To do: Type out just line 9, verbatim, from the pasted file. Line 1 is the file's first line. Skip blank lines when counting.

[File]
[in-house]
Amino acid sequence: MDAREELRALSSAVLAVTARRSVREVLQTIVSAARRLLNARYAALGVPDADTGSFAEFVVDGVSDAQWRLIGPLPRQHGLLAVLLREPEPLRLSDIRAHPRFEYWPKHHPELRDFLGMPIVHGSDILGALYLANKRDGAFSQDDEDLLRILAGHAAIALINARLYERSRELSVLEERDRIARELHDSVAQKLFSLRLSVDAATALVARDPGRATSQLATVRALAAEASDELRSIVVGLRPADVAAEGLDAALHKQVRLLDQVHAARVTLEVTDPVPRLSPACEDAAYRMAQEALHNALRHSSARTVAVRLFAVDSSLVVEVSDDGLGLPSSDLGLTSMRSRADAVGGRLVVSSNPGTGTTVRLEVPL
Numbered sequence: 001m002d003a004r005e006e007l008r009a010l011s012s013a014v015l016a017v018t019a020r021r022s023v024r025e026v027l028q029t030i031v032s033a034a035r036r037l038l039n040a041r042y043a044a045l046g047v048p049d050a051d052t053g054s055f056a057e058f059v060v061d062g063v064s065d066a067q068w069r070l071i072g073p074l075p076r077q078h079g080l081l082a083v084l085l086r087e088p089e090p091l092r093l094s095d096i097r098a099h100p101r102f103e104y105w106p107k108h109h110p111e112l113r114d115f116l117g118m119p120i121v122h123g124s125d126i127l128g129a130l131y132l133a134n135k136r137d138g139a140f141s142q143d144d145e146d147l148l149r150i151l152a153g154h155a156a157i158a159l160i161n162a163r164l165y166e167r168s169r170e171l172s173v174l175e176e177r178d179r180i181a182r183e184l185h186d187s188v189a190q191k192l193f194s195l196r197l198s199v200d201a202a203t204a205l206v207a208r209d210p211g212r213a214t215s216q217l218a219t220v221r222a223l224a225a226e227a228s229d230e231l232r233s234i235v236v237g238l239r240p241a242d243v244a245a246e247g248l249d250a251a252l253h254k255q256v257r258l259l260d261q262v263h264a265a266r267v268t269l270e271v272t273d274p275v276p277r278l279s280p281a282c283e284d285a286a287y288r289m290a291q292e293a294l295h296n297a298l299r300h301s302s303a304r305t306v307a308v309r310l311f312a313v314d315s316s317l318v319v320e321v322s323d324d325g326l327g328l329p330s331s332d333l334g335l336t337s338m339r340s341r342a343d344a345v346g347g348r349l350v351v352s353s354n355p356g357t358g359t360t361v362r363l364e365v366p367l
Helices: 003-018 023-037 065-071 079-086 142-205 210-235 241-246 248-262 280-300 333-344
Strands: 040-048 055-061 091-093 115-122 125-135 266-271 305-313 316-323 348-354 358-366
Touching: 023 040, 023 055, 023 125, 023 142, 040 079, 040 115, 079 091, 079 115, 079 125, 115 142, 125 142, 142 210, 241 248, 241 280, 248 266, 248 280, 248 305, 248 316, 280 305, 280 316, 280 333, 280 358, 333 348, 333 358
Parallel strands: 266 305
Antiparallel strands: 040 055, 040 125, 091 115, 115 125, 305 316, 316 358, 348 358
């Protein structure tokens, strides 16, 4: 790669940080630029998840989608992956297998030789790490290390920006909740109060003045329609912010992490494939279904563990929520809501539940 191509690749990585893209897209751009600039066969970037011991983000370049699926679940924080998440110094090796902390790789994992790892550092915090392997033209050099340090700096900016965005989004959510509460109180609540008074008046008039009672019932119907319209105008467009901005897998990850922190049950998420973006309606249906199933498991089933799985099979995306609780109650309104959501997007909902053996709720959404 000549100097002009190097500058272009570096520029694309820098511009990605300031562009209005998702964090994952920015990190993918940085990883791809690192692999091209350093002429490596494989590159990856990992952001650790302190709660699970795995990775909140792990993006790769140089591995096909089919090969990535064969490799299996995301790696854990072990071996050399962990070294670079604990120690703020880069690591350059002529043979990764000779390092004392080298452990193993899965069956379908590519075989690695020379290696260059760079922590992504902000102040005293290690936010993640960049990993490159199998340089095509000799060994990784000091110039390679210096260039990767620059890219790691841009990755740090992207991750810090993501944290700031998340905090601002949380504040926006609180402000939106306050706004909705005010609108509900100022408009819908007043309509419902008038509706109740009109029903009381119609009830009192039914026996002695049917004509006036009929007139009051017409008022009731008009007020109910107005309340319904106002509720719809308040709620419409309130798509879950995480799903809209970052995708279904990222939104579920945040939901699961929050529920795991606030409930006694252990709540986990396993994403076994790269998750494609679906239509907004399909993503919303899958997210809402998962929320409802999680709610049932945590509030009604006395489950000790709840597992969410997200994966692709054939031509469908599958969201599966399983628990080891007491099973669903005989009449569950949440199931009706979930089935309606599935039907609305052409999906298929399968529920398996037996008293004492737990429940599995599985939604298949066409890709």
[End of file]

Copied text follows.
């Protein structure tokens, strides 16, 4: 790669940080630029998840989608992956297998030789790490290390920006909740109060003045329609912010992490494939279904563990929520809501539940 191509690749990585893209897209751009600039066969970037011991983000370049699926679940924080998440110094090796902390790789994992790892550092915090392997033209050099340090700096900016965005989004959510509460109180609540008074008046008039009672019932119907319209105008467009901005897998990850922190049950998420973006309606249906199933498991089933799985099979995306609780109650309104959501997007909902053996709720959404 000549100097002009190097500058272009570096520029694309820098511009990605300031562009209005998702964090994952920015990190993918940085990883791809690192692999091209350093002429490596494989590159990856990992952001650790302190709660699970795995990775909140792990993006790769140089591995096909089919090969990535064969490799299996995301790696854990072990071996050399962990070294670079604990120690703020880069690591350059002529043979990764000779390092004392080298452990193993899965069956379908590519075989690695020379290696260059760079922590992504902000102040005293290690936010993640960049990993490159199998340089095509000799060994990784000091110039390679210096260039990767620059890219790691841009990755740090992207991750810090993501944290700031998340905090601002949380504040926006609180402000939106306050706004909705005010609108509900100022408009819908007043309509419902008038509706109740009109029903009381119609009830009192039914026996002695049917004509006036009929007139009051017409008022009731008009007020109910107005309340319904106002509720719809308040709620419409309130798509879950995480799903809209970052995708279904990222939104579920945040939901699961929050529920795991606030409930006694252990709540986990396993994403076994790269998750494609679906239509907004399909993503919303899958997210809402998962929320409802999680709610049932945590509030009604006395489950000790709840597992969410997200994966692709054939031509469908599958969201599966399983628990080891007491099973669903005989009449569950949440199931009706979930089935309606599935039907609305052409999906298929399968529920398996037996008293004492737990429940599995599985939604298949066409890709």